The nonlinear effect was first investigated and verified on red ink (Dakota Red, Private reserve ink; μa(532 nm) = 2400 cm−1) at room temperature 22°C using the setup in Fig. 2. One typical experimental result is shown in Fig. 3(a), in which the blue and the red curves (see inset) are recorded photoacoustic signals without and with the heating laser, respectively. As we can see, amplitude of the second signal with heating significantly increases by ~148% (from 0.23 V to 0.57 V) compared to that without heating. Considering the Grüneisen parameter linearly proportional to the temperature (for water, Γ = 0.0043 + 0.0053T [7]), the induced temperature rise ΔT is estimated to be about 38°C and the predicted laser fluence is about 63 mJ/cm2 [Eq. (5)]. Figure 3(b) shows several successive measurements, which shows the nonlinear effect is pretty stable.

 

Fig. 3 Experimental measurement of the nonlinear effect of red ink. (a) Photoacoustic signals of the detecting laser without and with heating (see inset for detail); (b) Normalized amplitude of the detecting photoacoustic signal without and with heating in several consecutive measurements.

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3. Practical investigations of the dual-pulse technique

To apply the dual-pulse technique in biomedical imaging, stable, repeatable and controllable nonlinear effect is a necessity, which is, however, affected by many factors. In this Section, we will discuss these influential parameters, including thermal properties of tissue (i.e. Grüneisen parameter), excitation laser wavelength, laser fluence, thermal relaxation function as well as possible undesirable effects (e.g., cavitation), and give a useful guide for practical implementation of the technique.

3.1 Combination and selection of excitation laser wavelengths

Temperature dependence of the physical parameters of biological tissue is the basis of the dual-pulse technology. Greater dependence produces higher nonlinear effect and better contrast. It is fortunate that most physical parameters of tissue have strong dependence on temperature [21]. This makes it possible to find potential applications of the dual-pulse technique.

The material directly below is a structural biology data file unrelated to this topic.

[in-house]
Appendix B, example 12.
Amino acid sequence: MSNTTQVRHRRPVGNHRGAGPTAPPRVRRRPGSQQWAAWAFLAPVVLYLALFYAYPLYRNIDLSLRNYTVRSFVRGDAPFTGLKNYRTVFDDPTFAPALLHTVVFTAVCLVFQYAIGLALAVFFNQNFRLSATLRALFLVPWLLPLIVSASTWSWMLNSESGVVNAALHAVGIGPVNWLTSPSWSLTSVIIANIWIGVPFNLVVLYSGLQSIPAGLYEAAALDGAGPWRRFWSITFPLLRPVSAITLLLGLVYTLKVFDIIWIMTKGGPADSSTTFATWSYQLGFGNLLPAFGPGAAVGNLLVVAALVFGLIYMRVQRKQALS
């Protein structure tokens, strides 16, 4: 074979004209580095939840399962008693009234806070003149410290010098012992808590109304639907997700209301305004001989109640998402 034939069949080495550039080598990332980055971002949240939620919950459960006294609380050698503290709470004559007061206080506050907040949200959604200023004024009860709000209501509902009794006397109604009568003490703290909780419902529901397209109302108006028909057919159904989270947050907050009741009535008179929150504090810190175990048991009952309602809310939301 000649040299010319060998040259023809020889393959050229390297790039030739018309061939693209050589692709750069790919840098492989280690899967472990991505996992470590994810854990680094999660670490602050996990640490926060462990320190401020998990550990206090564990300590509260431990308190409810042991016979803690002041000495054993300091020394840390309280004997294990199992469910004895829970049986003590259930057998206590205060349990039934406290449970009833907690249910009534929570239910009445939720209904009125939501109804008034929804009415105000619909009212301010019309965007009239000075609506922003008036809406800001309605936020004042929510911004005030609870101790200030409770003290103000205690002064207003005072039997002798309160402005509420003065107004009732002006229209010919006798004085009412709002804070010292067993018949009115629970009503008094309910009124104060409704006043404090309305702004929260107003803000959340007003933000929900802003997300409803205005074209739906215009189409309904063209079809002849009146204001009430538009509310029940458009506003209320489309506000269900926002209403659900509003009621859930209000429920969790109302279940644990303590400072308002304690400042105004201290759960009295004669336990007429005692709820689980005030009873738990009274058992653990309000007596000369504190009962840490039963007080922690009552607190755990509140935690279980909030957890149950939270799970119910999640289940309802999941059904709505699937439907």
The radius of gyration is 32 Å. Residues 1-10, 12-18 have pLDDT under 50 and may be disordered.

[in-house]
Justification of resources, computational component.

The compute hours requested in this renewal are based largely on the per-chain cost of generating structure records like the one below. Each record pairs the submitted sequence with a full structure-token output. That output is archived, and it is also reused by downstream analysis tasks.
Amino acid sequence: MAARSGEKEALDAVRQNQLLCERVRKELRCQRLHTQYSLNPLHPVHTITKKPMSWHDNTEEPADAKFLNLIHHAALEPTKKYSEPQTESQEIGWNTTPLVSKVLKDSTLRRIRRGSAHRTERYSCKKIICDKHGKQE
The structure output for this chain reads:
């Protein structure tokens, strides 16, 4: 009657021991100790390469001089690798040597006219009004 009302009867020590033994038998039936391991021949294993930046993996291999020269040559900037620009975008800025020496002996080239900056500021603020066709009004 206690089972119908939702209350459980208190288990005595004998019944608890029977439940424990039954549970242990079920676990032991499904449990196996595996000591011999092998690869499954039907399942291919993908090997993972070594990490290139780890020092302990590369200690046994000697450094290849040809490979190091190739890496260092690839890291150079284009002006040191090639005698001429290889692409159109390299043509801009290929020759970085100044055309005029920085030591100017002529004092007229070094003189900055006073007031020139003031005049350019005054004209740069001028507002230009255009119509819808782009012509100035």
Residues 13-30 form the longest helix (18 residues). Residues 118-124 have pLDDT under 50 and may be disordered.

Besides thermal properties, combination and selection of excitation laser wavelengths are also very important. Two aspects are considered here. The first is the combination of heating and detecting laser wavelengths. This is important because it determines the geometrical size relation of the heated volume U1 and the detected volume U2 of the tissue. Since different wavelengths λ mean different absorption coefficients μa, the problem can be further divided into three subcases, i.e., μa1) = μa2), μa1) < μa2) and μa1) > μa2). The first subcase is regular and the simplest, and indicates both the wavelengths λ and penetration depths δ of the two lasers are the same (λ1 = λ2 and δ1 = δ2). The detected volume U2 completely overlaps the heated volume U1 (i.e., U2 = U1), and all heated voxels in U1 contribute to the final nonlinear effect α. The second subcase indicates a combination of different wavelengths (λ1 ≠ λ2), and the penetration depth of the heating laser δ1 is greater than that of the detecting laser δ2 (δ1 > δ2). For this situation, the detected volume U2 is completely embedded in the heated volume U1 (i.e., U2U1) and the nonlinear effect α may be high but with certain amount of deposited energy loss. The last subcase also indicates a combination of different wavelengths (λ1 ≠ λ2), but the heating laser has a smaller penetration depth δ1 than that of the detecting laser δ2 (δ1 < δ2). For this situation, the heated volume U1 is only part of the detected volume U2 (i.e., U1U2) and the induced nonlinear effect α may be low. The three subcases are summarized as below: